Hello everyone and welcome to this month’s T-SQL Tuesday. This month’s topic is all about Power BI! If you’re reading this and thinking “crap, I’m not a BI person!”, don’t you fret. My intention is to make folks who normally don’t use BI on a day to day basis try their hand at creating cool new visualizations and reports with Power BI and seeing how the other side lives. Maybe it can spark some ideas on how you can make use of it in your operational day-to-day. For the BI folks, let’s see your creative side! What cool things can you show us with Power BI?
Your challenge, if you choose to accept it, is to create and publish your very own Power BI report! Great news, one of the latest features of Power BI to come out is the ability to publish your report to the web so when you create and publish your report, embed it in your T-SQL Tuesday post! Here’s a couple of great examples of this feature in action:
- Elizabeth Glazer Pediatric AIDS Foundation
- Civic Innovation Project
- Jen Underwood: Public Data Storytelling
How Do I Get Started?
If you’ve never used Power BI before it’s REALLY easy to get started. Simply head over to PowerBI.com and click on the ‘Get Started Free’ button. Download and install Power BI Desktop tool. It’s a free download and this is what you’ll use as your authoring tool. Click ‘Sign Up’ button. You’ll need to sign in with an organizational account (e.g. you can’t use personal email such as @gmail,com @live.com, @Hotmail.com, etc.). If you have a custom domain (e.g. SQLChicken.com), you can use your custom domain email address, otherwise you’ll have to use an organization/work email.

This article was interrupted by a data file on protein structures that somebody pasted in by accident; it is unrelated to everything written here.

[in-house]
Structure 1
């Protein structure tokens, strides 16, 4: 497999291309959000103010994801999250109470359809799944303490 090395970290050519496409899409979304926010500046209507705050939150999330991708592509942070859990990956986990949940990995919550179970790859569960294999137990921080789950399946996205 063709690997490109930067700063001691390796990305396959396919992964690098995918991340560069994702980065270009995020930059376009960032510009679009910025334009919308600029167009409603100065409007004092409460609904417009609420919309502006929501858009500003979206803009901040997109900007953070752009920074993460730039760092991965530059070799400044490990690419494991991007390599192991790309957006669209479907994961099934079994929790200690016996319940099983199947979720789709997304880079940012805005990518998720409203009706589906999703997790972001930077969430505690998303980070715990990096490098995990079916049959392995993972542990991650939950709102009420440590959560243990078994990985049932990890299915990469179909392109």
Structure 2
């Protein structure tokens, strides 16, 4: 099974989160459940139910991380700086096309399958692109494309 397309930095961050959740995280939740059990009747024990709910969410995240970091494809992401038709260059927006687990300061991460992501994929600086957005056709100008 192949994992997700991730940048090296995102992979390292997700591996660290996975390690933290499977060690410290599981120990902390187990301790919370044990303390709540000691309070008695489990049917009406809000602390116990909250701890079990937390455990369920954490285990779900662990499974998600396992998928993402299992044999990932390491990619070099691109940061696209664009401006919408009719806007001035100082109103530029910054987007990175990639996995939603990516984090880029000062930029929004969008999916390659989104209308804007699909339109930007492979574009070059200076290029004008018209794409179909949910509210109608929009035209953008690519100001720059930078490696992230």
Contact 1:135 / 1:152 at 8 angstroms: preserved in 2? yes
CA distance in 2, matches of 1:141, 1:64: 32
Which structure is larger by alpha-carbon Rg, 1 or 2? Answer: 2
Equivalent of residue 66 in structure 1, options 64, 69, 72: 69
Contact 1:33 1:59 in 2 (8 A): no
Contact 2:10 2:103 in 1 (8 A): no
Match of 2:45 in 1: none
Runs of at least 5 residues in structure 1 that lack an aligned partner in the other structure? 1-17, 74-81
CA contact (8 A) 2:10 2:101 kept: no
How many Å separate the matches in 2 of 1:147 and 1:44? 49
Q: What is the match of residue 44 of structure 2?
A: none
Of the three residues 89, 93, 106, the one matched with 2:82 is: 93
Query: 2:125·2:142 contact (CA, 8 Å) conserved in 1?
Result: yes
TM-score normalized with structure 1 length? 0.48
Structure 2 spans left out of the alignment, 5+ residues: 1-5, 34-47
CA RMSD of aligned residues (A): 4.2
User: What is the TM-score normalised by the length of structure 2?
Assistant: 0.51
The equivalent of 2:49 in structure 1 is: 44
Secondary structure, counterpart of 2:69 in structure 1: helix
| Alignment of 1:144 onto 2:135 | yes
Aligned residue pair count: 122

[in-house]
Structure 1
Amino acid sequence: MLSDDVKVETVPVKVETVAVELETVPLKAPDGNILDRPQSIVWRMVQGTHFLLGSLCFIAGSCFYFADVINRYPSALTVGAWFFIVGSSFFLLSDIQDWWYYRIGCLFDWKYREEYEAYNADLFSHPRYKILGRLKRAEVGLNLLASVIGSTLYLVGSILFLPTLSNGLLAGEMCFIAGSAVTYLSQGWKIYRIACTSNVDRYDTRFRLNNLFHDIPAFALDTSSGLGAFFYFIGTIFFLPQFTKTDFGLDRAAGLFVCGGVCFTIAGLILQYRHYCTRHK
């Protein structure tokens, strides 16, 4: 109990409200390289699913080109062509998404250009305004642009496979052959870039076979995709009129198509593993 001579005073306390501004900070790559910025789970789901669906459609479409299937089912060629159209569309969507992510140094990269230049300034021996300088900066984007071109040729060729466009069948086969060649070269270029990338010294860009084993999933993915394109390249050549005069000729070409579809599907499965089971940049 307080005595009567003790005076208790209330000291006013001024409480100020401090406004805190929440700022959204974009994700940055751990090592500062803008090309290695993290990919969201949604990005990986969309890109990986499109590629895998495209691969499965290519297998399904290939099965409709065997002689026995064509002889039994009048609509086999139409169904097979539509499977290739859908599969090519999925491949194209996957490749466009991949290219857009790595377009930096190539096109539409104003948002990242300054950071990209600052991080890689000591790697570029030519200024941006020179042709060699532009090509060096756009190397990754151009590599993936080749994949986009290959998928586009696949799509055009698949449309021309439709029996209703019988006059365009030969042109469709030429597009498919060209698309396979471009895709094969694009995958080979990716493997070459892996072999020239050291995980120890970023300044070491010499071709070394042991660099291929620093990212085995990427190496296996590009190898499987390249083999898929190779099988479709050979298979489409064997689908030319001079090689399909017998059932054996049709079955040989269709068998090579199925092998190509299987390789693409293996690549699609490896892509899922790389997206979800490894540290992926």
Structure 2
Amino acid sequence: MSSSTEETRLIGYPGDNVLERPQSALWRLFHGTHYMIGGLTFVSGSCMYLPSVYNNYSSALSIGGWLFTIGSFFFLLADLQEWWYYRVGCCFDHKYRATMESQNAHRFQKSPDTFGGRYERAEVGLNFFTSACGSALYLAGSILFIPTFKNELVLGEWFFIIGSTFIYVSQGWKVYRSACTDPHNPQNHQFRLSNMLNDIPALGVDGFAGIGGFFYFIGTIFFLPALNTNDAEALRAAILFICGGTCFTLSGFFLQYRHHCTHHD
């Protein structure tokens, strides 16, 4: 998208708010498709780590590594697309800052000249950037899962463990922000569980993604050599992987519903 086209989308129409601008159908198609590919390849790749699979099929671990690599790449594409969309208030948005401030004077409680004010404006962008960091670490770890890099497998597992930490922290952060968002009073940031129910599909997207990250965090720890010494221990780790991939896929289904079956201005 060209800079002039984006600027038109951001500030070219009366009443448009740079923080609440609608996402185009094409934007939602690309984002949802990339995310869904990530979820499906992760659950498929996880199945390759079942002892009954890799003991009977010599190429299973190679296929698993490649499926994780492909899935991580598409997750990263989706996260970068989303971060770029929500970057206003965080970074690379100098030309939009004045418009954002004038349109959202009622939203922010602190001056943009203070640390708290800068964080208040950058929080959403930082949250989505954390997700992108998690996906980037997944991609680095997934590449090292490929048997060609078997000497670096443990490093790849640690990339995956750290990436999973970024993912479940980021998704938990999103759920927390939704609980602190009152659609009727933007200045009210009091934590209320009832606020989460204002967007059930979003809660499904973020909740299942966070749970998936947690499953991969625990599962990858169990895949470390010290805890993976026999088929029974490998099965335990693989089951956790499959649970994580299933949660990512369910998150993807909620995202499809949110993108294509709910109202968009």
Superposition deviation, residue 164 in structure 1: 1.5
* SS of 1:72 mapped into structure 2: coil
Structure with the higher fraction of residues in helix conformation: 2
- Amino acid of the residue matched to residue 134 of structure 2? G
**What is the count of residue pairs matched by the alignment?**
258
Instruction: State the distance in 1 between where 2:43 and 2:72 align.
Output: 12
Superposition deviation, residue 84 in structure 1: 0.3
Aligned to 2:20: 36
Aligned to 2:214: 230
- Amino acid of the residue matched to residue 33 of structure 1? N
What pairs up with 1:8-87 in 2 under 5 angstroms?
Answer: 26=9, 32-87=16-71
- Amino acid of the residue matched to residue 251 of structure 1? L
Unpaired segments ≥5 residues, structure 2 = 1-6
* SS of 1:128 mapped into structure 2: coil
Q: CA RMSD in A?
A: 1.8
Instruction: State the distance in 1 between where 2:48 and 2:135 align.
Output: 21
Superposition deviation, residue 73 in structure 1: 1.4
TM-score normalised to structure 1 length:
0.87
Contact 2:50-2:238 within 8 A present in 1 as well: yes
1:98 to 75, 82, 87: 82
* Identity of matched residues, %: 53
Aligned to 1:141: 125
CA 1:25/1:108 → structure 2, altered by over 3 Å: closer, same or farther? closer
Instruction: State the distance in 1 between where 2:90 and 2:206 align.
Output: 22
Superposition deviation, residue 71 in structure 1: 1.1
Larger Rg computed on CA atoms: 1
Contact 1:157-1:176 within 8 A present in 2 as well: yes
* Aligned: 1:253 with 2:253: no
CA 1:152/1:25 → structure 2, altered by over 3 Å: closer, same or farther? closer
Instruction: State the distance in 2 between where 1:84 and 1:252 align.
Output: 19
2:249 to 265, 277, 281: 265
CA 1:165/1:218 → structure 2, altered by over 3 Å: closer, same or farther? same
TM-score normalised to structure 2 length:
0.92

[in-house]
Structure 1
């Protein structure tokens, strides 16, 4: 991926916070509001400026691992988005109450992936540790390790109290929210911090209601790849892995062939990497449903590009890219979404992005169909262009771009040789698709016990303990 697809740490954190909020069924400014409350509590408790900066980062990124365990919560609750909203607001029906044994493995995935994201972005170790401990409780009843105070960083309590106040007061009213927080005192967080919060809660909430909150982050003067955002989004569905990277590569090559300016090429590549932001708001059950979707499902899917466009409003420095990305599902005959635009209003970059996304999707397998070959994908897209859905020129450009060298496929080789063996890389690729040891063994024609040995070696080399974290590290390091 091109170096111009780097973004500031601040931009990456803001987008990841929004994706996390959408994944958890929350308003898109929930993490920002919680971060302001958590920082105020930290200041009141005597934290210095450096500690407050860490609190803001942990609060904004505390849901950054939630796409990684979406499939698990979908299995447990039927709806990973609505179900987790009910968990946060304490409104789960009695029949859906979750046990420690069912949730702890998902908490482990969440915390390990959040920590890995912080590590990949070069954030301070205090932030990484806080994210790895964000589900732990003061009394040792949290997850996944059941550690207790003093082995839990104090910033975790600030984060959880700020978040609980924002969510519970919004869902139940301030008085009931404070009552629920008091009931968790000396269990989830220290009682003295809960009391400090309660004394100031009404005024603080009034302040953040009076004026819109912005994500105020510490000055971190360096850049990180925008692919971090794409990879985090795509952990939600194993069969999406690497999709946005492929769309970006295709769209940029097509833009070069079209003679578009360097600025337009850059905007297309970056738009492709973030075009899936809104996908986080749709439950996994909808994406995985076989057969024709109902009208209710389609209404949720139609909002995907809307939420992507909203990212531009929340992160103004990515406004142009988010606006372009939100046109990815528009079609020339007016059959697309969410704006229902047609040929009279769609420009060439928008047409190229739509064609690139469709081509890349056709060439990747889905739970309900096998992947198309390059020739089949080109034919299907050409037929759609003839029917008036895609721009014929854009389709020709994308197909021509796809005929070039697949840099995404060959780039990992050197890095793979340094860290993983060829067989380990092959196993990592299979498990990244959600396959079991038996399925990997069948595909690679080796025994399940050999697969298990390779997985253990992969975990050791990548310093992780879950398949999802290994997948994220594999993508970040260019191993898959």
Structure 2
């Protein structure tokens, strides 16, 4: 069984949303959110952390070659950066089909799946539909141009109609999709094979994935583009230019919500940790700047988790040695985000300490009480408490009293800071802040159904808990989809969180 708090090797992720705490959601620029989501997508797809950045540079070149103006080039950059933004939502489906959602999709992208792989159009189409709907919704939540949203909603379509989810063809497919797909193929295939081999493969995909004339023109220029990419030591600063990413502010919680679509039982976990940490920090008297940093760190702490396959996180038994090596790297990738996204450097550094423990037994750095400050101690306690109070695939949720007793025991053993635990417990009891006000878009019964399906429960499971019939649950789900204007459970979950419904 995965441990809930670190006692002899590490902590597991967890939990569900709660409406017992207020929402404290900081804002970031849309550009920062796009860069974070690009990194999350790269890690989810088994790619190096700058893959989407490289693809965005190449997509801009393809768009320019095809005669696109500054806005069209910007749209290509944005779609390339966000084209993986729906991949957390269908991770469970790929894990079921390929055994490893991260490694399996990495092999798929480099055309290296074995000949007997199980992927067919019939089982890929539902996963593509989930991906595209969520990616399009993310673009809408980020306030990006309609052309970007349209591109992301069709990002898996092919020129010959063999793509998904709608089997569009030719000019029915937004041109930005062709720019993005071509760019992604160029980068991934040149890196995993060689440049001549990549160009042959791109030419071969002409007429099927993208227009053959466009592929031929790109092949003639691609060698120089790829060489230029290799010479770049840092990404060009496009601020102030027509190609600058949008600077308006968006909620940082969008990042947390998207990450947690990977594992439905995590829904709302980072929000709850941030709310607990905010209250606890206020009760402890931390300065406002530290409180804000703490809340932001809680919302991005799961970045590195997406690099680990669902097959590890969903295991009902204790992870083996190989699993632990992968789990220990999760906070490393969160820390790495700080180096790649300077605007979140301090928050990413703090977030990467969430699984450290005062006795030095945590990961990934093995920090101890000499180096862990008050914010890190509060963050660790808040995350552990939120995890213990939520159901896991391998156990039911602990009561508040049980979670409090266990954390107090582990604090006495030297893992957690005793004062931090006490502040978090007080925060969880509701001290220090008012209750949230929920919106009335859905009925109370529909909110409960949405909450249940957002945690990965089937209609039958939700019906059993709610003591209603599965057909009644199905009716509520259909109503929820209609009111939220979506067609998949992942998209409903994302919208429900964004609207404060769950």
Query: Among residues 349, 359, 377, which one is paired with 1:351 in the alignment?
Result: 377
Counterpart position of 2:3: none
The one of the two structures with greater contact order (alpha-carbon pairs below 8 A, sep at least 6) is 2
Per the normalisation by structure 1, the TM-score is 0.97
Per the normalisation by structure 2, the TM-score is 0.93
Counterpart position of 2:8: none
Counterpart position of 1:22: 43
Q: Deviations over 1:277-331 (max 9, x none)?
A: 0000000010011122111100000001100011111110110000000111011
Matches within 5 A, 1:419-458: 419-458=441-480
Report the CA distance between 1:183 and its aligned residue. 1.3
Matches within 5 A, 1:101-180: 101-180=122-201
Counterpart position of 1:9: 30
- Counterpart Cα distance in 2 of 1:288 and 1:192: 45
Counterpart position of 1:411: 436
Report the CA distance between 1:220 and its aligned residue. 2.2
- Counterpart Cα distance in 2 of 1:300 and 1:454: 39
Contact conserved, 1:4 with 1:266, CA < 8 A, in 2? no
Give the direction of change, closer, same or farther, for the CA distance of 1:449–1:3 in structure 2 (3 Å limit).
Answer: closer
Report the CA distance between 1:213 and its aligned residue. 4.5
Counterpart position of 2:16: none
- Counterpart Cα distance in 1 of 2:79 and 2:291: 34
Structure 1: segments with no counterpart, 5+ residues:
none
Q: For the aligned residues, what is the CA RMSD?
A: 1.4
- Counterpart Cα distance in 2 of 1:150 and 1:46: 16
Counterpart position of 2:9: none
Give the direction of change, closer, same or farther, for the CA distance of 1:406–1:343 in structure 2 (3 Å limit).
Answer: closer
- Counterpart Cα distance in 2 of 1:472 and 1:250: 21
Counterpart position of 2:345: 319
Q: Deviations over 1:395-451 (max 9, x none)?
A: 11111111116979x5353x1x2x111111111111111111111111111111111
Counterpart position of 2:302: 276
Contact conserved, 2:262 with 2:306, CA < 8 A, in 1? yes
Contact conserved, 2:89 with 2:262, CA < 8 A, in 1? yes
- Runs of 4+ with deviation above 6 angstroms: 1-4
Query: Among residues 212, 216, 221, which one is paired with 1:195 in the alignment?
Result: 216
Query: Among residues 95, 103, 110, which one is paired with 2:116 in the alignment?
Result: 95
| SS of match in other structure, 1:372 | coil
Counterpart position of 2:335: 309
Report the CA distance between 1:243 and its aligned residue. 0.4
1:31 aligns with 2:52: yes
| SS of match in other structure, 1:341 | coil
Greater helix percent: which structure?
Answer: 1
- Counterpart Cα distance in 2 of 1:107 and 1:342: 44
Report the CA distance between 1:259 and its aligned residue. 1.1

Once you’re up an running, check out the Power BI documentation page to help you get started. For this post, feel free to connect and use any data set you want that can be shared without issue. For example don’t publish your company’s data, customer data, etc. There’s a ton of data out there to use that is safe. In fact, the tutorial from the above link lets you download a sample CSV file if you can’t find a proper dataset. Also, Jen Underwood (Blog|@idigdata) actually posted a great list of public data sources you can take advantage of. Want more great Power BI information? Make sure to check out Adam Saxton’s (Blog | @guyinacube) Guy in a Cube YouTube channel and subscribe for awesome bi-weekly, content.
Want some inspiration on what you can do? Check out the Power BI Best Report contest that’s currently going on. Be sure to vote for your favorite report before voting closes on February 14th, 2016.
What is T-SQL Tuesday?
T-SQL Tuesday is a monthly blog party hosted by a different blogger each month. This blog party was founded by Adam Machanic (blog|@AdamMachanic). You can take part by posting your own participating post that fits the topic of the month and follows the requirements below. Additionally, if you are interested in hosting a future T-SQL Tuesday, contact Adam Machanic.
How to Participate
- Your post must be published between 00:00 GMT Tuesday, February 16h, 2016, and 00:00 GMT Wednesday February 17th, 2016.
- Your post must contain the T-SQL Tuesday logo from above and the image should link back to this blog post.
- Don’t rely on trackbacks. Please link to your post in the comments section below so everyone can see your work.
- Optional: Tweet about your post using the hash tag #TSQL2sDay.
I look forward to seeing everyone’s reports!